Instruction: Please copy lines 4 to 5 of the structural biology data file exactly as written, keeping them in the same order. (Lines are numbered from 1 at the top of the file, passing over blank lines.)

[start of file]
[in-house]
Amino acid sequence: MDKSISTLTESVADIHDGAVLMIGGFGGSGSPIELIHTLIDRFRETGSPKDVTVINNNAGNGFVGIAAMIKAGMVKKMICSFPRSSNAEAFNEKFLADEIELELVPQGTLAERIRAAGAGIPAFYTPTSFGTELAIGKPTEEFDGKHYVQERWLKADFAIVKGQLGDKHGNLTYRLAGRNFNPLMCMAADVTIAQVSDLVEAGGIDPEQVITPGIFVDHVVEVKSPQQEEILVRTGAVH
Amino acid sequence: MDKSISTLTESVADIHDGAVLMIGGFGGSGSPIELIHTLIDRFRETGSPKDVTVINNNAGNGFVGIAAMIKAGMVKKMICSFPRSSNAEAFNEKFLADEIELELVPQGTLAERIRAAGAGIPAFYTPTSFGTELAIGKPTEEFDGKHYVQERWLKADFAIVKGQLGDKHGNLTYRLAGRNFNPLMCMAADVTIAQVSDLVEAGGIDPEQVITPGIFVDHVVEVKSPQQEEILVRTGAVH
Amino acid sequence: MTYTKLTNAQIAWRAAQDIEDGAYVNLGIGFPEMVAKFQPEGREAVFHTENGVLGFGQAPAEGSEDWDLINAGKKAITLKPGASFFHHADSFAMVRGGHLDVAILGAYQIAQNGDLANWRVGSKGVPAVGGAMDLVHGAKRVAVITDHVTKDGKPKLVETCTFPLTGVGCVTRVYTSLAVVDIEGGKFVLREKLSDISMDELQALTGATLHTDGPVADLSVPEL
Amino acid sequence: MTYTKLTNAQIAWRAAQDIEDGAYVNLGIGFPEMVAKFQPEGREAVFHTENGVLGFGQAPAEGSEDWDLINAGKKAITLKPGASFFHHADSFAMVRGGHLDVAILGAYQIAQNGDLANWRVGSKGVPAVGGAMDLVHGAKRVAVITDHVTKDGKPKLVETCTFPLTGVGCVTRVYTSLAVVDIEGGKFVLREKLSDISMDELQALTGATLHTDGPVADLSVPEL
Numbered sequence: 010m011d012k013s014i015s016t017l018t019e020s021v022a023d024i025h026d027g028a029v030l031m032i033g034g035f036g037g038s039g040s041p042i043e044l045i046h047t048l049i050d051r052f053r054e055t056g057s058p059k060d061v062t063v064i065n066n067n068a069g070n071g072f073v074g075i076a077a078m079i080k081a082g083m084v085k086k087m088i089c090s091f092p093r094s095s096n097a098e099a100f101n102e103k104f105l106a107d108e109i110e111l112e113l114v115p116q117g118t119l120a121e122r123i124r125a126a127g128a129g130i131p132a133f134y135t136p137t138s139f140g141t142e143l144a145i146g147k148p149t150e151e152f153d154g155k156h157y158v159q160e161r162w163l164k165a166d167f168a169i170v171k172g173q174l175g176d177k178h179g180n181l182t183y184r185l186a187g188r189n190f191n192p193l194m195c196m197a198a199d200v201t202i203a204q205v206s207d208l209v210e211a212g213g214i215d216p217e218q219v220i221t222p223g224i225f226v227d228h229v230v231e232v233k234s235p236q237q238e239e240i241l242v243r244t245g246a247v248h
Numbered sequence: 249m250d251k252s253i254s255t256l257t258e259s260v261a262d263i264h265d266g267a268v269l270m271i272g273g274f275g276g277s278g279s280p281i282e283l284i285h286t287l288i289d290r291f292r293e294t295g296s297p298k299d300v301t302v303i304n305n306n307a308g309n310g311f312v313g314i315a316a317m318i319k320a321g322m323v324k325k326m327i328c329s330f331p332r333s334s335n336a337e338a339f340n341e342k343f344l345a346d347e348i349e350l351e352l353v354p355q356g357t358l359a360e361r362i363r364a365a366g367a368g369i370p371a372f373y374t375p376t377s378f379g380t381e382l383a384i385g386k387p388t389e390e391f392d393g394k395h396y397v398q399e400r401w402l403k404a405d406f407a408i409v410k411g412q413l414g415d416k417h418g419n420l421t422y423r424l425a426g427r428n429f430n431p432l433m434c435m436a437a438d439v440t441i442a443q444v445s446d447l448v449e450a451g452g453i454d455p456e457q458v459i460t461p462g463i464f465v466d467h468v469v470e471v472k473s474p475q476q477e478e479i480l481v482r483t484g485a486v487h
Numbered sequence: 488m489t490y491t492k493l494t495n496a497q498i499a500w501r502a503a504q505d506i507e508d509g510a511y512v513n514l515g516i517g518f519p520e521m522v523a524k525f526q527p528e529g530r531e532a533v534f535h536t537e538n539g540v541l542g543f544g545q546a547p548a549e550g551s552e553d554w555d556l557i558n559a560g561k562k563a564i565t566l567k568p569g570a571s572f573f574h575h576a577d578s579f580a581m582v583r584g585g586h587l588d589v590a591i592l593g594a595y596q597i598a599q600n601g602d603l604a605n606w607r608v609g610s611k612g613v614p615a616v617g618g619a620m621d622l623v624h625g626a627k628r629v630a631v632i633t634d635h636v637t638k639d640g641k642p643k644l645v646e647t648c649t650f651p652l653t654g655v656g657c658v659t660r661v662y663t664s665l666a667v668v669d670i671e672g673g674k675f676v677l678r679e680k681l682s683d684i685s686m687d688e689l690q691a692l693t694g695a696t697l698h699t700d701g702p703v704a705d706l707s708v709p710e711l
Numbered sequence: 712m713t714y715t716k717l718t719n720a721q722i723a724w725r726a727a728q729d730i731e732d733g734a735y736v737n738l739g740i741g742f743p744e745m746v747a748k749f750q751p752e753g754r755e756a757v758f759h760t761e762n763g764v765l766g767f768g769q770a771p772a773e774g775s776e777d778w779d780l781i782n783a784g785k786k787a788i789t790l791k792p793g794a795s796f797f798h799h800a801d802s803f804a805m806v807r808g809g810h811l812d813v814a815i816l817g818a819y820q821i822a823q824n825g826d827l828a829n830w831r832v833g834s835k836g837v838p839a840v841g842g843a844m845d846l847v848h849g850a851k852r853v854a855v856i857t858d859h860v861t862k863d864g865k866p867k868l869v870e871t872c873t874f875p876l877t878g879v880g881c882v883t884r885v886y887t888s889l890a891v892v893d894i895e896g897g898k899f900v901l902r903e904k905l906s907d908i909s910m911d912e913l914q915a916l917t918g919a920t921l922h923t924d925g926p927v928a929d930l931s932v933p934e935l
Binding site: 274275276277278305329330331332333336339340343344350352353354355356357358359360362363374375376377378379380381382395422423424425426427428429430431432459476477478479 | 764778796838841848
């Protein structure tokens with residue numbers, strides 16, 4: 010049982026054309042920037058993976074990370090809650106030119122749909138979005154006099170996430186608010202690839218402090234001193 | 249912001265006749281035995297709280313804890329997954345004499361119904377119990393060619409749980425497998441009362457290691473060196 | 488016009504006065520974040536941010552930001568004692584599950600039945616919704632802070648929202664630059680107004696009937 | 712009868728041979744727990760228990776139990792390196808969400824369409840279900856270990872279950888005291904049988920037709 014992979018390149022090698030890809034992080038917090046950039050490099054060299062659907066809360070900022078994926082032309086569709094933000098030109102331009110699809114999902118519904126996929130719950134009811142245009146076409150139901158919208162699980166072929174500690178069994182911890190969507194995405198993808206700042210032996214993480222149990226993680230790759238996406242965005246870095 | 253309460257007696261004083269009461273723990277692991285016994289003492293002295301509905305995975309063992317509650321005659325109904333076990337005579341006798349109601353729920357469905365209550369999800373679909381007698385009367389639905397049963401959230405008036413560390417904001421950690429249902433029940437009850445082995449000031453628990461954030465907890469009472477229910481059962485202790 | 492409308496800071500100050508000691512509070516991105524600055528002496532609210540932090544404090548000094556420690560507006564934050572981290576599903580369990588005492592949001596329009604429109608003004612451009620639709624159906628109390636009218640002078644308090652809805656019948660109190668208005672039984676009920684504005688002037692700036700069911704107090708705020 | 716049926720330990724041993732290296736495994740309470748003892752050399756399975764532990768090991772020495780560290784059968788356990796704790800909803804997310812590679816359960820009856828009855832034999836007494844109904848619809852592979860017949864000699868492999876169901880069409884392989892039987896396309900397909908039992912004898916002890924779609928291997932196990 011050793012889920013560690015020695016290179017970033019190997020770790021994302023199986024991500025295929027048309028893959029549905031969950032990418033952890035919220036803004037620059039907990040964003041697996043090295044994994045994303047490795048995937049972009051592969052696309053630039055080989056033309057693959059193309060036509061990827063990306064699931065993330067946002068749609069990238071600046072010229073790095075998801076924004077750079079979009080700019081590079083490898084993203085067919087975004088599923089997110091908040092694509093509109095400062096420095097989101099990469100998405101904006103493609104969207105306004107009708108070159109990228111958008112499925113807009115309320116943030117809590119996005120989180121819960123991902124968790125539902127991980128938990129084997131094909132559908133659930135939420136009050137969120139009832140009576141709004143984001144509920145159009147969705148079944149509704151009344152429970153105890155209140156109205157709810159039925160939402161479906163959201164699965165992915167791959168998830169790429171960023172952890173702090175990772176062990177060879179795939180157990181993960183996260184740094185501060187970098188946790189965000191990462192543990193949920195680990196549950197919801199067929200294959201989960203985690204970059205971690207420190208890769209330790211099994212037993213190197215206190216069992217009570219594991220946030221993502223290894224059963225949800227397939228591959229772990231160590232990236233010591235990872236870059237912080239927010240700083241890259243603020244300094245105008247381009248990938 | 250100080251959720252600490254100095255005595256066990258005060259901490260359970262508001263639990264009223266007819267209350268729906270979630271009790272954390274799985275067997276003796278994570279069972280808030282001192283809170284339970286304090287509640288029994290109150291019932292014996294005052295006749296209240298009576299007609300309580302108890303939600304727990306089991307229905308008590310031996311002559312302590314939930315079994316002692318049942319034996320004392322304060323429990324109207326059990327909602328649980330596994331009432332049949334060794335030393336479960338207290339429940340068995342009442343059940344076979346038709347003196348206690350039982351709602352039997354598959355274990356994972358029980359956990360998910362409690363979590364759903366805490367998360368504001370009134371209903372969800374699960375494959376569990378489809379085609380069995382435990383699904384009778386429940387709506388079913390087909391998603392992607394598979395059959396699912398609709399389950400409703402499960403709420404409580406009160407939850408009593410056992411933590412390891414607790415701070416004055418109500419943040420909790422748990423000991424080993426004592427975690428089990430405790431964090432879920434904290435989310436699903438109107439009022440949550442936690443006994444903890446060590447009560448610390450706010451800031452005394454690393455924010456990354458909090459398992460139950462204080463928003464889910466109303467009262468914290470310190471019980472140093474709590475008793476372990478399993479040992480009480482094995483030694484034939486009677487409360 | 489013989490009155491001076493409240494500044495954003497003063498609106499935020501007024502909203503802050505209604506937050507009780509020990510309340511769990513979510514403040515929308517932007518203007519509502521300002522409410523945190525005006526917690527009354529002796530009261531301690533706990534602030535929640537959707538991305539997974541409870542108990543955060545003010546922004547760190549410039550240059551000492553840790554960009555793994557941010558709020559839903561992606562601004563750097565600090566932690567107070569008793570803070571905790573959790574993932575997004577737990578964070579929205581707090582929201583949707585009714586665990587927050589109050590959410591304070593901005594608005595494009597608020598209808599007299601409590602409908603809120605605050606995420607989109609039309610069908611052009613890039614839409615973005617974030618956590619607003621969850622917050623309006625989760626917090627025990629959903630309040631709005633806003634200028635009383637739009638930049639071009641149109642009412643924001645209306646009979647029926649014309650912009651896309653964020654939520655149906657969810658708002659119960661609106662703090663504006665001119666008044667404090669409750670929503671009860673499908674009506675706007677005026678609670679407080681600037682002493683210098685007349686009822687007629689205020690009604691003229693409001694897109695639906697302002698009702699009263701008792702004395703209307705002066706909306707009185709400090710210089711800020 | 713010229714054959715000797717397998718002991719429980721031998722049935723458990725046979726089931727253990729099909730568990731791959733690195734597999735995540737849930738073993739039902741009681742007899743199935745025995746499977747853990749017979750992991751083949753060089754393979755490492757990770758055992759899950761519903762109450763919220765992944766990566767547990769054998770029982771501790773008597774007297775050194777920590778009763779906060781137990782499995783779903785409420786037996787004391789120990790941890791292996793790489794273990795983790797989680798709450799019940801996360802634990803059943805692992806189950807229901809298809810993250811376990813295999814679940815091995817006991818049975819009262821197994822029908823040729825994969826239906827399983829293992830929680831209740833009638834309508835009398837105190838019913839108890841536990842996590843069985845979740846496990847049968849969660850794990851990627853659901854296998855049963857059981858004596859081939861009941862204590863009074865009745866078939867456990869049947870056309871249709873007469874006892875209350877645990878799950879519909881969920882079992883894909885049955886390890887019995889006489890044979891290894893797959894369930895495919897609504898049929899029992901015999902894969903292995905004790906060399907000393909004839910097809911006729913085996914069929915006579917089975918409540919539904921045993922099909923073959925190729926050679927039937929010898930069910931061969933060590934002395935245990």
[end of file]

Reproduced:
Amino acid sequence: MTYTKLTNAQIAWRAAQDIEDGAYVNLGIGFPEMVAKFQPEGREAVFHTENGVLGFGQAPAEGSEDWDLINAGKKAITLKPGASFFHHADSFAMVRGGHLDVAILGAYQIAQNGDLANWRVGSKGVPAVGGAMDLVHGAKRVAVITDHVTKDGKPKLVETCTFPLTGVGCVTRVYTSLAVVDIEGGKFVLREKLSDISMDELQALTGATLHTDGPVADLSVPEL
Amino acid sequence: MTYTKLTNAQIAWRAAQDIEDGAYVNLGIGFPEMVAKFQPEGREAVFHTENGVLGFGQAPAEGSEDWDLINAGKKAITLKPGASFFHHADSFAMVRGGHLDVAILGAYQIAQNGDLANWRVGSKGVPAVGGAMDLVHGAKRVAVITDHVTKDGKPKLVETCTFPLTGVGCVTRVYTSLAVVDIEGGKFVLREKLSDISMDELQALTGATLHTDGPVADLSVPEL